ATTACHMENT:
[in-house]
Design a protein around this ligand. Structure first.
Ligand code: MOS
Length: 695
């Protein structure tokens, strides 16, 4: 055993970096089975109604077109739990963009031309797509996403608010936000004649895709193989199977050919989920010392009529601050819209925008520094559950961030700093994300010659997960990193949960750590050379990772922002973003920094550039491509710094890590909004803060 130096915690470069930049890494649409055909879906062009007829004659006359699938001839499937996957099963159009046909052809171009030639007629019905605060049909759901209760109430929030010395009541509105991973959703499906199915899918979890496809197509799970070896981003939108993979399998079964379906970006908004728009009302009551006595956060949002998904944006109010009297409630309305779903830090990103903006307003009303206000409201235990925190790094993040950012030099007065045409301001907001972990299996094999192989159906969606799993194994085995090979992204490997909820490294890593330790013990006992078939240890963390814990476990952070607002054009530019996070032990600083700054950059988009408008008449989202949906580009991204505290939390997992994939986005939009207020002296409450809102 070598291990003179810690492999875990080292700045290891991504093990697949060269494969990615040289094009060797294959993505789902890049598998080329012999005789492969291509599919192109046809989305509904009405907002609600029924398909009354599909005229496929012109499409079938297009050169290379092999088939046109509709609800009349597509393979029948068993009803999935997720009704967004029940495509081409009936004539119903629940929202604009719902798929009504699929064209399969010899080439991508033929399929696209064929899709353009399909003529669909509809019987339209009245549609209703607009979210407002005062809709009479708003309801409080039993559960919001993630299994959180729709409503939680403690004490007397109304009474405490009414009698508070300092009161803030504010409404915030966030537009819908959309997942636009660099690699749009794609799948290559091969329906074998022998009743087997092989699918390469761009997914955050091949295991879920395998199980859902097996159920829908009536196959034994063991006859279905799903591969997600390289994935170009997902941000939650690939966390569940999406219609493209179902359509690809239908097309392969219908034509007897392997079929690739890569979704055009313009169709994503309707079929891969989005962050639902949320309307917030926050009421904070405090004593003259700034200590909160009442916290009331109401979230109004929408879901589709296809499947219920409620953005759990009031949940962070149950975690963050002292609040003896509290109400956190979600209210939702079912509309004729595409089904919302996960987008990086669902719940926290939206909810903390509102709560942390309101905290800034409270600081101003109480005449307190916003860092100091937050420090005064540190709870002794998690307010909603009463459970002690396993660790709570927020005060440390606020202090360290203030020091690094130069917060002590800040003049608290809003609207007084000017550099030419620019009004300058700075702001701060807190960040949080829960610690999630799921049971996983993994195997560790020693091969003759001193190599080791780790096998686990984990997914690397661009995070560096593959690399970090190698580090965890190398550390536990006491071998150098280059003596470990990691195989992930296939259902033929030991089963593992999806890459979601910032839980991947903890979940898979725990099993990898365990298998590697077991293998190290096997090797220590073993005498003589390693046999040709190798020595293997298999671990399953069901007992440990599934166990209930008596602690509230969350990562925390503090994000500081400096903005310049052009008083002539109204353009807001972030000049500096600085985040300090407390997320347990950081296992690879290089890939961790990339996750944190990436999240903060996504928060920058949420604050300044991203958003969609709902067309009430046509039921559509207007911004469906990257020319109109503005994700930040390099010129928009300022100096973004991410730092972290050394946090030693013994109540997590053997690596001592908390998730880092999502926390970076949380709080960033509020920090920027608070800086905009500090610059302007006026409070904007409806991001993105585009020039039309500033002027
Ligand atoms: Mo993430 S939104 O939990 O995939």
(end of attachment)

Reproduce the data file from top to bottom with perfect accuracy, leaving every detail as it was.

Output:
[in-house]
Design a protein around this ligand. Structure first.
Ligand code: MOS
Length: 695
């Protein structure tokens, strides 16, 4: 055993970096089975109604077109739990963009031309797509996403608010936000004649895709193989199977050919989920010392009529601050819209925008520094559950961030700093994300010659997960990193949960750590050379990772922002973003920094550039491509710094890590909004803060 130096915690470069930049890494649409055909879906062009007829004659006359699938001839499937996957099963159009046909052809171009030639007629019905605060049909759901209760109430929030010395009541509105991973959703499906199915899918979890496809197509799970070896981003939108993979399998079964379906970006908004728009009302009551006595956060949002998904944006109010009297409630309305779903830090990103903006307003009303206000409201235990925190790094993040950012030099007065045409301001907001972990299996094999192989159906969606799993194994085995090979992204490997909820490294890593330790013990006992078939240890963390814990476990952070607002054009530019996070032990600083700054950059988009408008008449989202949906580009991204505290939390997992994939986005939009207020002296409450809102 070598291990003179810690492999875990080292700045290891991504093990697949060269494969990615040289094009060797294959993505789902890049598998080329012999005789492969291509599919192109046809989305509904009405907002609600029924398909009354599909005229496929012109499409079938297009050169290379092999088939046109509709609800009349597509393979029948068993009803999935997720009704967004029940495509081409009936004539119903629940929202604009719902798929009504699929064209399969010899080439991508033929399929696209064929899709353009399909003529669909509809019987339209009245549609209703607009979210407002005062809709009479708003309801409080039993559960919001993630299994959180729709409503939680403690004490007397109304009474405490009414009698508070300092009161803030504010409404915030966030537009819908959309997942636009660099690699749009794609799948290559091969329906074998022998009743087997092989699918390469761009997914955050091949295991879920395998199980859902097996159920829908009536196959034994063991006859279905799903591969997600390289994935170009997902941000939650690939966390569940999406219609493209179902359509690809239908097309392969219908034509007897392997079929690739890569979704055009313009169709994503309707079929891969989005962050639902949320309307917030926050009421904070405090004593003259700034200590909160009442916290009331109401979230109004929408879901589709296809499947219920409620953005759990009031949940962070149950975690963050002292609040003896509290109400956190979600209210939702079912509309004729595409089904919302996960987008990086669902719940926290939206909810903390509102709560942390309101905290800034409270600081101003109480005449307190916003860092100091937050420090005064540190709870002794998690307010909603009463459970002690396993660790709570927020005060440390606020202090360290203030020091690094130069917060002590800040003049608290809003609207007084000017550099030419620019009004300058700075702001701060807190960040949080829960610690999630799921049971996983993994195997560790020693091969003759001193190599080791780790096998686990984990997914690397661009995070560096593959690399970090190698580090965890190398550390536990006491071998150098280059003596470990990691195989992930296939259902033929030991089963593992999806890459979601910032839980991947903890979940898979725990099993990898365990298998590697077991293998190290096997090797220590073993005498003589390693046999040709190798020595293997298999671990399953069901007992440990599934166990209930008596602690509230969350990562925390503090994000500081400096903005310049052009008083002539109204353009807001972030000049500096600085985040300090407390997320347990950081296992690879290089890939961790990339996750944190990436999240903060996504928060920058949420604050300044991203958003969609709902067309009430046509039921559509207007911004469906990257020319109109503005994700930040390099010129928009300022100096973004991410730092972290050394946090030693013994109540997590053997690596001592908390998730880092999502926390970076949380709080960033509020920090920027608070800086905009500090610059302007006026409070904007409806991001993105585009020039039309500033002027
Ligand atoms: Mo993430 S939104 O939990 O995939």